Using Socket.IO with the Java API for WebSocket?

If you have looked into how to use WebSocket with emergent JavaScript frameworks like Angular, Backbone, Ember or Knockout, it's very likely you've come across Socket.IO. While Socket.IO is a very useful library, it is mostly geared towards Node.js and significantly different from plain WebSockets as defined by the IETF and the W3C as well as the JCP/JSR 356 (the Java API for WebSocket). However, with a little bit of hacking, it's not too hard to get the Socket.IO client library to work with the Java API for WebSocket.

Lee Chuk Munn from the Advanced Technology Applications Practice for the National University of Singapore, Institute of Systems Science describes the problem space well and shows you how to hack a basic solution. Chuk plans on working on a framework that builds a more complete solution to marry Socket.IO and JSR 356. He used GlassFish 4 and NetBeans 7.4 for his work. Does this inspire you to hack a framework on top of JSR 356, join Chuk in his efforts or contribute to the GlassFish community in the New Year :-)?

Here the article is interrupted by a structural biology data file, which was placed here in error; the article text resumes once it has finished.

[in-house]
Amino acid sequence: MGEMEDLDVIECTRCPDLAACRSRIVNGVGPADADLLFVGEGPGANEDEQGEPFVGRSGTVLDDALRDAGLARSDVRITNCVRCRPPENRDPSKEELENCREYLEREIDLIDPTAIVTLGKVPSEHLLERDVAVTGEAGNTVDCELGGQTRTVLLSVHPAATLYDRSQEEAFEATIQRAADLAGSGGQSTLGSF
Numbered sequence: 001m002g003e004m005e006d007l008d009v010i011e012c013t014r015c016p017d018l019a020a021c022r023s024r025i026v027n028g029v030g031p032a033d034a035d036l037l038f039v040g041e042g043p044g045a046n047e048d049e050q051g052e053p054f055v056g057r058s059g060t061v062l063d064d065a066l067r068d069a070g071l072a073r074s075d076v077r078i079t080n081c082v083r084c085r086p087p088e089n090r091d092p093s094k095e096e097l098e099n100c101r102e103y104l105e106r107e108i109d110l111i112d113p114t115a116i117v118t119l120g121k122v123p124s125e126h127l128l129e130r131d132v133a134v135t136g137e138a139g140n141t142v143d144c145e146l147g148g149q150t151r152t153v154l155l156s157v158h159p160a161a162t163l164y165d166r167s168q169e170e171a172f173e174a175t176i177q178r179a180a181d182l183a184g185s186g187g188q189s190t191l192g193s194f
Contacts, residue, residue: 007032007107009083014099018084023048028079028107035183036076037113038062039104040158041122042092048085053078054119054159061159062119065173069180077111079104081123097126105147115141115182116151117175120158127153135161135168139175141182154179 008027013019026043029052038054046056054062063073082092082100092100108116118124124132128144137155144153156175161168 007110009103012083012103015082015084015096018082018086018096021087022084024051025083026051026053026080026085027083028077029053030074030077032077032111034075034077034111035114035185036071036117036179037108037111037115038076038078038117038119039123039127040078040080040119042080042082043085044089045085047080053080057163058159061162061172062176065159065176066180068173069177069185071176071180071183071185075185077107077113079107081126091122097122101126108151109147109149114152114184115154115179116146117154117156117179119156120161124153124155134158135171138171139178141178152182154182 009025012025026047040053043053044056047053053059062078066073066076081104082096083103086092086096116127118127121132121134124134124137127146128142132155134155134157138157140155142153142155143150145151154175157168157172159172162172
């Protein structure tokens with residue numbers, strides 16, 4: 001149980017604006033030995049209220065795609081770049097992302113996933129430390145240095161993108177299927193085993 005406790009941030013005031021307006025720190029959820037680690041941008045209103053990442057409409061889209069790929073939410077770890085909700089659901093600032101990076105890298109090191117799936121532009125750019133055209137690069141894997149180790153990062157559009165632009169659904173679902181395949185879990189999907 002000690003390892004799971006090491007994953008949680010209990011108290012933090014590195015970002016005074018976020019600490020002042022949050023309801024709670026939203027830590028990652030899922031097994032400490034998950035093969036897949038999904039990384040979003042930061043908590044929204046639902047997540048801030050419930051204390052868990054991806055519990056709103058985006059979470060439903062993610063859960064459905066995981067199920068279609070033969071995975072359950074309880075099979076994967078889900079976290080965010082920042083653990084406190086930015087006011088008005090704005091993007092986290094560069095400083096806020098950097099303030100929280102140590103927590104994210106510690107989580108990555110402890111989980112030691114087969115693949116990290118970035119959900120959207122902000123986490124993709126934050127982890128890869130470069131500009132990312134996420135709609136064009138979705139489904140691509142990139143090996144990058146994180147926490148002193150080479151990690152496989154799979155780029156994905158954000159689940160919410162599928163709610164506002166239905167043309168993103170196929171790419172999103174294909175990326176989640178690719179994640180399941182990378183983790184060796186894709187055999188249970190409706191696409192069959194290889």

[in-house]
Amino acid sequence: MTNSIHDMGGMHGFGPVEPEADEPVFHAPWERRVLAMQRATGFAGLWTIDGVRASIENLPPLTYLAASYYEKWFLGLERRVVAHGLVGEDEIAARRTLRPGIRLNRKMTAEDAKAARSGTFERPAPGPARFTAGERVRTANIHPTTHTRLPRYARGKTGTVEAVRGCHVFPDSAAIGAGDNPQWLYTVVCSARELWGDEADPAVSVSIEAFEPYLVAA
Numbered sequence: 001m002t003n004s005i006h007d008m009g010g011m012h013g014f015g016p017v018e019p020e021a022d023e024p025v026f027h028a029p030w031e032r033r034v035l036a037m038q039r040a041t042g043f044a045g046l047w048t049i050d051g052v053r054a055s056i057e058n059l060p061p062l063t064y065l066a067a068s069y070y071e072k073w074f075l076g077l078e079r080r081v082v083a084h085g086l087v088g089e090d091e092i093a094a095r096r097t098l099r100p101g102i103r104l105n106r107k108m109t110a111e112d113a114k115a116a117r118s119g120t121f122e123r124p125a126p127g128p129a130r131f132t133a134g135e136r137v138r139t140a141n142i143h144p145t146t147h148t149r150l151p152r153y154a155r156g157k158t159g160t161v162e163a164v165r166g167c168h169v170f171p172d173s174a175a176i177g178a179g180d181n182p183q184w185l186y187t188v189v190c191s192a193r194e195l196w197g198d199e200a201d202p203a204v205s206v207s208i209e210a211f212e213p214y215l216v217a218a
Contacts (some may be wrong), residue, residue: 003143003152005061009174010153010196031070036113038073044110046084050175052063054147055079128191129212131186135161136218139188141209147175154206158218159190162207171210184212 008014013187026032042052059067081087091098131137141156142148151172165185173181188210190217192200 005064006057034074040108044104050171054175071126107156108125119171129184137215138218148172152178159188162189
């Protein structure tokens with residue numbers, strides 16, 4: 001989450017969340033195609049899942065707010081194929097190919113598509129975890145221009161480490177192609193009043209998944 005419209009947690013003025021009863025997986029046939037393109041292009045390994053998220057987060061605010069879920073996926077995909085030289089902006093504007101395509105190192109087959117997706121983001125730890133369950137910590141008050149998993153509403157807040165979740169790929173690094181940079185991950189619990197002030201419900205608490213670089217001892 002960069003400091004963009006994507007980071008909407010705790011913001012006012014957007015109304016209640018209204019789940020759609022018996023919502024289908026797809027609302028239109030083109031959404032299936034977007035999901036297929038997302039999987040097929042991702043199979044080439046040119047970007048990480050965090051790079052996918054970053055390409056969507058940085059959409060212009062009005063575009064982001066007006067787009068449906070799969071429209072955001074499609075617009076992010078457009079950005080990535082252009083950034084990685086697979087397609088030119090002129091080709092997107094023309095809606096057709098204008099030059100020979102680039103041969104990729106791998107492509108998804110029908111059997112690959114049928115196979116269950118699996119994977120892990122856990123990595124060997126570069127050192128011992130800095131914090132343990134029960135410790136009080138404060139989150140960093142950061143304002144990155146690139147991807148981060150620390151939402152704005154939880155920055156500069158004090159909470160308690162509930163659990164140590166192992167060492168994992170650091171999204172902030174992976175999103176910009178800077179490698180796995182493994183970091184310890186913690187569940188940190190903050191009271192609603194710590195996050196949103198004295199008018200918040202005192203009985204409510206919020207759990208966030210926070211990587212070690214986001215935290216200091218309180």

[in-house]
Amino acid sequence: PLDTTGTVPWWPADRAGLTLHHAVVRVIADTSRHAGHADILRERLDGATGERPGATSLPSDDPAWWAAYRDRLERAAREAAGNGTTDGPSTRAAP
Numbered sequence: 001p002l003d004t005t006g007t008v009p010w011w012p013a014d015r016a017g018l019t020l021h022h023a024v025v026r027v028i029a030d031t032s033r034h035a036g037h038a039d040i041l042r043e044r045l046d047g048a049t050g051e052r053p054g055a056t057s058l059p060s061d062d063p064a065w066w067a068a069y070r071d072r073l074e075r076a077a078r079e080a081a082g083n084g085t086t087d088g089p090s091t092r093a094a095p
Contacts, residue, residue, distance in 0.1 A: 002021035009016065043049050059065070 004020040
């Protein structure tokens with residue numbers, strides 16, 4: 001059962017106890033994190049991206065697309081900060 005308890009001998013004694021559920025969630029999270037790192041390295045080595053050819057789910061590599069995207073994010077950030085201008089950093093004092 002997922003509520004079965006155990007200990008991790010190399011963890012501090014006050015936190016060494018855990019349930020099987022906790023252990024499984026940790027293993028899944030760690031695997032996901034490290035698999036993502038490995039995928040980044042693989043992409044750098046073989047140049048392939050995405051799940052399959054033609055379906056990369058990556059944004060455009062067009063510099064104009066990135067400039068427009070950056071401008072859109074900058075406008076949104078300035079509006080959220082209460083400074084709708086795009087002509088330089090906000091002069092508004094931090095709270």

Comments:

how to load testing for webSockets?

can Jmeater tests Socket.IO?
can OATS(Oracle testing sute) test Socket.IO?

Posted by guest on February 17, 2014 at 05:06 PM PST #

wonderfull site

Posted by saurabh singh on February 18, 2014 at 06:05 AM PST #

As far as I know, none of the mainstream load testing tools support WebSocket out of the box yet. You can extend the tools yourself easily in most cases.

Posted by Reza Rahman on February 18, 2014 at 09:12 AM PST #

Post a Comment:
Comments are closed for this entry.